Tag Archives: privacy

Guide to Anonymous Apps

From New York Magazine, a rundown of 25 anonymous  apps, most likely used by teenagers, perverts, and the paranoid. But…I think their usage will grow, given the pervasiveness of illegal surveillance by our government.

Iron Box Security

A secure computer is one that is powered down and not connected to any network.” A quote:

Just a musing, I guess…. the point is that the industry is now building security models which want to provide collaboration, and single sign-on, and synchronization, and interoperation, and ‘cloud storage’ and so forth – but in doing so simply do not and can’t provide good reasons for trust nor solid mathematical proofs of how the things I don’t want them to ever do have been rendered impossible.

In fact, most of them simply refuse to enumerate things they render impossible. Security means guaranteeing that certain things are impossible. Nobody’s even trying to do that because doing the minimum to achieve meaningful guarantees that meaningful kinds of abuse are impossible, would also mean that features like password wallets where they can guarantee password ‘recovery’ are also impossible.

They’re selling the set of things that are enabled rather than the things that are prevented.

Good computer security could be built. But maybe it can’t be sold.

And because that’s what computer security is like these days … I’m forced to use an iron box. With a padlock.

 

Who watches the watchers?

From Politico: Who Watches the Watchers? Big Data Goes Unchecked, a story, which is part of a series about “private-sector data collection and the implications of consumer privacy.”

What’s going on is pretty creepy.

Privacy doesn’t exist so there is no need to pretend it does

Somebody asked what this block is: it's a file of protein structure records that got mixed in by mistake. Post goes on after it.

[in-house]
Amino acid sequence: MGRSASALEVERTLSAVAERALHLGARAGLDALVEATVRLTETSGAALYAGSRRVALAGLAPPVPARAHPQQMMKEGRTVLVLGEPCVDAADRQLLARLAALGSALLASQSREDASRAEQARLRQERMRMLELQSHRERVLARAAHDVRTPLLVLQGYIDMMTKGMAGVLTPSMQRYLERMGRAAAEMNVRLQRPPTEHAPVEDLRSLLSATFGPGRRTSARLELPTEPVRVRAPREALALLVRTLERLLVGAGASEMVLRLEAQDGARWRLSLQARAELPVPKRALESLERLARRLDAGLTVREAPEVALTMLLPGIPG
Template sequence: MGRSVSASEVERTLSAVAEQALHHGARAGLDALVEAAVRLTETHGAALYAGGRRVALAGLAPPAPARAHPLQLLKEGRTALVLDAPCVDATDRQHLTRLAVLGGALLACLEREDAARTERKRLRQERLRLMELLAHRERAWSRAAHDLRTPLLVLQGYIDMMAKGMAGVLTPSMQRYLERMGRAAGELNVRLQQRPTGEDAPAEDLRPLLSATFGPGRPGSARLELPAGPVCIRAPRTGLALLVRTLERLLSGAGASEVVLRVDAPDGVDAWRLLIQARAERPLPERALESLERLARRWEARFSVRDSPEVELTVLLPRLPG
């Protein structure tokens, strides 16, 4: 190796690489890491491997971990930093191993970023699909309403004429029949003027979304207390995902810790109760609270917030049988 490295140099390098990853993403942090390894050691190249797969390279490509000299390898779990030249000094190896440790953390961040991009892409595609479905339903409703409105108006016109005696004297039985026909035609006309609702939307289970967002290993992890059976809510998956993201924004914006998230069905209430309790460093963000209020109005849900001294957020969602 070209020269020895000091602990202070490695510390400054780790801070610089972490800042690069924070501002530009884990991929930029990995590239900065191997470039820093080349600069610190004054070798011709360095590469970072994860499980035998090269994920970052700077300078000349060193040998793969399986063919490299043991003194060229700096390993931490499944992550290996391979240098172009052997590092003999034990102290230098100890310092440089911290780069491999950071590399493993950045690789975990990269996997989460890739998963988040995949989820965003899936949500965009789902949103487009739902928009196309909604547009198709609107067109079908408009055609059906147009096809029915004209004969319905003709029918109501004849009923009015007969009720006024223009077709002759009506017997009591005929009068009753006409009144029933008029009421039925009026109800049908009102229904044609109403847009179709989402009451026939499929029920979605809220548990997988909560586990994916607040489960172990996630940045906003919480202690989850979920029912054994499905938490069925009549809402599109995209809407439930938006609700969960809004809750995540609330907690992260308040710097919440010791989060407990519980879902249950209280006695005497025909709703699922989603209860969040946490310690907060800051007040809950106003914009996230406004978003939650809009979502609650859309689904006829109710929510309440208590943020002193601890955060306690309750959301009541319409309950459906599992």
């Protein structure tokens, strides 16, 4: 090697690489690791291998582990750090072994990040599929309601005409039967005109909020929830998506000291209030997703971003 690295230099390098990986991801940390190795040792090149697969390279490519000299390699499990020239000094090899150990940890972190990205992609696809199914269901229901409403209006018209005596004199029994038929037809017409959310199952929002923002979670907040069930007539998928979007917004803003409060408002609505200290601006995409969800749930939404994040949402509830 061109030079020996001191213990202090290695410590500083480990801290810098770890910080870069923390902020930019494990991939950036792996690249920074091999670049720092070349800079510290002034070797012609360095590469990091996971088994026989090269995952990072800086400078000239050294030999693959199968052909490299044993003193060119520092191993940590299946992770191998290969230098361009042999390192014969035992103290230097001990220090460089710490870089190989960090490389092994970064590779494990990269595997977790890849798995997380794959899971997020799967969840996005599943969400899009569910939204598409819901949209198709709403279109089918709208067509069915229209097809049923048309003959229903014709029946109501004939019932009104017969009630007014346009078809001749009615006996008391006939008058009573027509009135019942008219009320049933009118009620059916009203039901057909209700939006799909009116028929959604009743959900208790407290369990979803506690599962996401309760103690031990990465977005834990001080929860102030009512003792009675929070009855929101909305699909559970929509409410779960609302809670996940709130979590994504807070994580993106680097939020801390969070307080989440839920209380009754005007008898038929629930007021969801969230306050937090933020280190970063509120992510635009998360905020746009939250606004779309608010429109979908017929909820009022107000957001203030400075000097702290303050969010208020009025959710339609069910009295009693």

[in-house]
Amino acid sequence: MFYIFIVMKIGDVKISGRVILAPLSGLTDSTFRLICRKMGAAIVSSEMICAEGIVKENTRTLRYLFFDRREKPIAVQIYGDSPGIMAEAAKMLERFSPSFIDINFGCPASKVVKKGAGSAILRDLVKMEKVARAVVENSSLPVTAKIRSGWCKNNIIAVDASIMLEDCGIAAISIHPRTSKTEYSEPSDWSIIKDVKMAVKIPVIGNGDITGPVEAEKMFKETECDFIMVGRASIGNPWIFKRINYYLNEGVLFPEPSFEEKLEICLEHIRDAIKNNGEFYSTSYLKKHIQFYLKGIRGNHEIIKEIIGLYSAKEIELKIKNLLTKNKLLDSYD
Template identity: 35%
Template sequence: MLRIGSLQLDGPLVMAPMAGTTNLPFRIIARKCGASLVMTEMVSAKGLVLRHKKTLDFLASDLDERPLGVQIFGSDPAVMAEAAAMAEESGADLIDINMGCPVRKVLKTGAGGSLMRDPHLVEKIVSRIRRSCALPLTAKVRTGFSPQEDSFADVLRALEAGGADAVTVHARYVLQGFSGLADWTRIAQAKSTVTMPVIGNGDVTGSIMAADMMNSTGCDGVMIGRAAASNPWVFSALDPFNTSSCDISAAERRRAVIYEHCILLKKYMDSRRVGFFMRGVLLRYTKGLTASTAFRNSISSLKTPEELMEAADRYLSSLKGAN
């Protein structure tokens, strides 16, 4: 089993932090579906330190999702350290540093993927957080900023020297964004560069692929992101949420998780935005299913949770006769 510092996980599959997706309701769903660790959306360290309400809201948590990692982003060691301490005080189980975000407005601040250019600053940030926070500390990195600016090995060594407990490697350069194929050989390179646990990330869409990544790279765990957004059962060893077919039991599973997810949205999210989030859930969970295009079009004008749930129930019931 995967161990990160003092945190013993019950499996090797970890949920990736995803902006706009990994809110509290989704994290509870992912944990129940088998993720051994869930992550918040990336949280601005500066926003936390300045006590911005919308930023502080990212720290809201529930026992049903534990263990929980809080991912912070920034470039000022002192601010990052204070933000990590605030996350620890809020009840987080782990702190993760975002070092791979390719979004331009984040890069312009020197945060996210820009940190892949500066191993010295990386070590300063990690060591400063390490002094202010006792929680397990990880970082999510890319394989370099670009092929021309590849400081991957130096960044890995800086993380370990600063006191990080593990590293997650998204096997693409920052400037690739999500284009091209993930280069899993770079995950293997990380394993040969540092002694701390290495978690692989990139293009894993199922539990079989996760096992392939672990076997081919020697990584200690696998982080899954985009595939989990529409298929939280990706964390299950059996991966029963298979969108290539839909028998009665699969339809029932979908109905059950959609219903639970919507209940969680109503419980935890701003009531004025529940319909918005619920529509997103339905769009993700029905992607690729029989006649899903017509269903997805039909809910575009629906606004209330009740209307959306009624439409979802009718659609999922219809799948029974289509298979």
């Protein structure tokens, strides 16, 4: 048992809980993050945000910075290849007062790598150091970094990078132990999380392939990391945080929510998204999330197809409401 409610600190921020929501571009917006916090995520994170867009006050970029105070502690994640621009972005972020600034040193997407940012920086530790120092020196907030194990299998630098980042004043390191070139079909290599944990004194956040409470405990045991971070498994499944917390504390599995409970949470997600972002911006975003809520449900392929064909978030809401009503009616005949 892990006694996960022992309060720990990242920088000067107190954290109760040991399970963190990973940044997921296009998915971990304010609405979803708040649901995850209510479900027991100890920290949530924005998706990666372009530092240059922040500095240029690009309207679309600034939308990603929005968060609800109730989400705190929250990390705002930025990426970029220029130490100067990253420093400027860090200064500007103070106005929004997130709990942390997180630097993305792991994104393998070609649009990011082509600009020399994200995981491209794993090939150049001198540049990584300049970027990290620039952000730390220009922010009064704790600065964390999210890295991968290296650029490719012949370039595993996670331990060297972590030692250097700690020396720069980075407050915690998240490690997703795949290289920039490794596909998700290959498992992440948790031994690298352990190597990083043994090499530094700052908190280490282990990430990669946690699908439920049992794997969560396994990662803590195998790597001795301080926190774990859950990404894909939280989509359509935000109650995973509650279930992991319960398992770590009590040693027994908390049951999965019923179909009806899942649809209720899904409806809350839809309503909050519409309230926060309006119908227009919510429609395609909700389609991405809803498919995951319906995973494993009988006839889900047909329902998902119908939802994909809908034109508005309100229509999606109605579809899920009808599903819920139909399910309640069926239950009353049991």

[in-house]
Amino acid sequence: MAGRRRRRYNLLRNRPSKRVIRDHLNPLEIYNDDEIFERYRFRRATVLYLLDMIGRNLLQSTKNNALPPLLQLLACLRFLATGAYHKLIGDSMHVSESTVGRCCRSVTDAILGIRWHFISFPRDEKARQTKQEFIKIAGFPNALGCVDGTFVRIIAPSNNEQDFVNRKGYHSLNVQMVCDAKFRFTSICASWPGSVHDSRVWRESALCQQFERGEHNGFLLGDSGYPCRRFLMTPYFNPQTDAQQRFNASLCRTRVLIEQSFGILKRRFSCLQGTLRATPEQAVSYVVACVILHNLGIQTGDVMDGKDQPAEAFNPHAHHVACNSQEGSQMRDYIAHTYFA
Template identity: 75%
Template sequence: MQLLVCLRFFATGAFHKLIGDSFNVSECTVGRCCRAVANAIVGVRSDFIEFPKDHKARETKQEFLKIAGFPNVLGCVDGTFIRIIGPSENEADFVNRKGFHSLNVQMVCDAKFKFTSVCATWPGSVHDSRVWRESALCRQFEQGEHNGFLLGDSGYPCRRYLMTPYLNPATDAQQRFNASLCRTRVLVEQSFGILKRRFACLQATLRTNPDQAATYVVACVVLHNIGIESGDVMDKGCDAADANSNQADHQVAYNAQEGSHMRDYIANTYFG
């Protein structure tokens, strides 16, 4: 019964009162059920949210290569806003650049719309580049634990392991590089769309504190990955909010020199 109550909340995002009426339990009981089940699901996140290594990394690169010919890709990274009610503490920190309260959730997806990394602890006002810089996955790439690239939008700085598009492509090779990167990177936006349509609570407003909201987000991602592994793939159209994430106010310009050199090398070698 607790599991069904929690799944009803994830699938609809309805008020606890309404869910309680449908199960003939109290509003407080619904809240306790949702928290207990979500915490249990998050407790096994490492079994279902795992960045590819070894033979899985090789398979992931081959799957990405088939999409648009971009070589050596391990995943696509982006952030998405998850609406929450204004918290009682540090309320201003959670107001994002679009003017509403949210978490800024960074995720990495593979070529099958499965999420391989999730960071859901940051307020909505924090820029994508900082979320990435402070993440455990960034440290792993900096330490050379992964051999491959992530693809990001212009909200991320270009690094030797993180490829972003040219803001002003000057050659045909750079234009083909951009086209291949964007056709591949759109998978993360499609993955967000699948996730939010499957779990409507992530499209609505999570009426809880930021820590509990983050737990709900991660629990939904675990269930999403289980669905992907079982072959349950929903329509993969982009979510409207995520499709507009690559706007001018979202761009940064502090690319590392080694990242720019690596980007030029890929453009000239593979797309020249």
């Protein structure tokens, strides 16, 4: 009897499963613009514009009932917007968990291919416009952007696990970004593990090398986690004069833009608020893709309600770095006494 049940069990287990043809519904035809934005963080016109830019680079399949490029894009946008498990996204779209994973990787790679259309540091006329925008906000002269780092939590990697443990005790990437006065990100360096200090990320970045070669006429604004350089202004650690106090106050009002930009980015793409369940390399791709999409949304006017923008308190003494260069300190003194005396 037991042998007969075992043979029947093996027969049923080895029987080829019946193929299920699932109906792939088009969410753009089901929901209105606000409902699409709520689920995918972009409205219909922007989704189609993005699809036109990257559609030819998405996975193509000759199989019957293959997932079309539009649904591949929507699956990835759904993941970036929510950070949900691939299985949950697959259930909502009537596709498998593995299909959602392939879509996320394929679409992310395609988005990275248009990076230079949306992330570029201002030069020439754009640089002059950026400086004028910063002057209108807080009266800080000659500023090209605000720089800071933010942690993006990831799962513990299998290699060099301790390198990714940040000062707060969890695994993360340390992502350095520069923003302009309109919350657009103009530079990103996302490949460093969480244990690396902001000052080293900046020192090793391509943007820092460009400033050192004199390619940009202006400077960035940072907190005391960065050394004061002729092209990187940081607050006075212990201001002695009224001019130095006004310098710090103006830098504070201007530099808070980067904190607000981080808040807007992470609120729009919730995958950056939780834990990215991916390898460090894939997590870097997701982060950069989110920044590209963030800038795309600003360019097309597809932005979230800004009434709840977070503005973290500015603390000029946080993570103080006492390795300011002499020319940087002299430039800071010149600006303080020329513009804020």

From Cleveland.com—the introductory remarks:

That unblinking eye you feel on your back belongs to your government. Get used to it. The concept of personal privacy is dead.

Tuesday afternoon an Ohio House committee passed a bill that could eventually allow the state to issue an “enhanced” driver’s license. Supporters say this enhanced license will make it easier for Americans to cross into Mexico or Canada without a passport. Our federal government likes the enhanced license, which comes embedded with a radio chip, because it would allow customs officials to access drivers’ personal data and verify citizenship even before they come in contact with the vehicle.

That is how the concept of personal privacy is attacked these days – through the ruse of convenience. But I suppose we’re getting somewhere now. We’re no longer even pretending that we have an issue with turning our lives – and our papers – completely over to our government.

It’s not the emperor who has no clothes – it’s the rest of us, virtually bare and naked. While government has steadily become less transparent – we, the citizens, have become completely, passively transparent.

Oh, joy.

Why Tech’s Best Minds Are Very Worried About the Internet of Things

From Wired (Hat tip: Instapundit):

The Internet of Things is coming. And the tech cognoscenti aren’t sure that’s a good thing.

For years, the prospect of an online world that extends beyond computers, phones, and tablets and into wearables, thermostats, and other devices has generated plenty of excitement and activity. But now, some of the brightest tech minds are expressing some doubts about the potential impact on everything from security and privacy to human dignity and social inequality.

There will be more pushback.

World’s leading authors: state surveillance of personal data is theft

From The Guardian:

• 500 signatories include five Nobel prize winners
• Writers demand ‘digital bill of rights’ to curb abuses

Related:

The world of surveillance operated by the people we pay to guard us exceeds the fevered dreams of the Stasi—Tom Stoppard

 

13 things the government is trying to hide from you

From Salon:

Our government is intentionally keeping massive amounts of information secret from voters

“We believe most Americans would be stunned to learn the details of how these secret court opinions have interpreted…the Patriot Act.  As we see it, there is now a significant gap between what most Americans think the law allows and what the government secretly claims the law allows.  This is a problem, because it is impossible to have an informed public debate about what the law should say when the public doesn’t know what its government thinks the law says.” U.S. senators Ron Wyden and Mark Udall